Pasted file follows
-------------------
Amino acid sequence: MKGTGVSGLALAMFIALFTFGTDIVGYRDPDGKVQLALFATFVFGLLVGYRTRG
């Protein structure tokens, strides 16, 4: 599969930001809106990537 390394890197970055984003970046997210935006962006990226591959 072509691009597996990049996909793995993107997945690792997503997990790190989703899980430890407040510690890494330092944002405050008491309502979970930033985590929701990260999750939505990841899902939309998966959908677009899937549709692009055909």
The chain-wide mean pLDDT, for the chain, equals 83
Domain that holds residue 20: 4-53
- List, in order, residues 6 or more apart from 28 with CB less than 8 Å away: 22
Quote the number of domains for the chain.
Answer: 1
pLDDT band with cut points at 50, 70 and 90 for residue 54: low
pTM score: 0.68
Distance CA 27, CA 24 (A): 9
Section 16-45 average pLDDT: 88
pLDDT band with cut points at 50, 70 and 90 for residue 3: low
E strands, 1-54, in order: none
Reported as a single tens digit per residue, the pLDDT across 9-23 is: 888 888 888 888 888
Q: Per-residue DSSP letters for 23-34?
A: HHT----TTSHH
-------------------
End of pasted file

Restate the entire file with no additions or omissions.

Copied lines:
Amino acid sequence: MKGTGVSGLALAMFIALFTFGTDIVGYRDPDGKVQLALFATFVFGLLVGYRTRG
């Protein structure tokens, strides 16, 4: 599969930001809106990537 390394890197970055984003970046997210935006962006990226591959 072509691009597996990049996909793995993107997945690792997503997990790190989703899980430890407040510690890494330092944002405050008491309502979970930033985590929701990260999750939505990841899902939309998966959908677009899937549709692009055909």
The chain-wide mean pLDDT, for the chain, equals 83
Domain that holds residue 20: 4-53
- List, in order, residues 6 or more apart from 28 with CB less than 8 Å away: 22
Quote the number of domains for the chain.
Answer: 1
pLDDT band with cut points at 50, 70 and 90 for residue 54: low
pTM score: 0.68
Distance CA 27, CA 24 (A): 9
Section 16-45 average pLDDT: 88
pLDDT band with cut points at 50, 70 and 90 for residue 3: low
E strands, 1-54, in order: none
Reported as a single tens digit per residue, the pLDDT across 9-23 is: 888 888 888 888 888
Q: Per-residue DSSP letters for 23-34?
A: HHT----TTSHH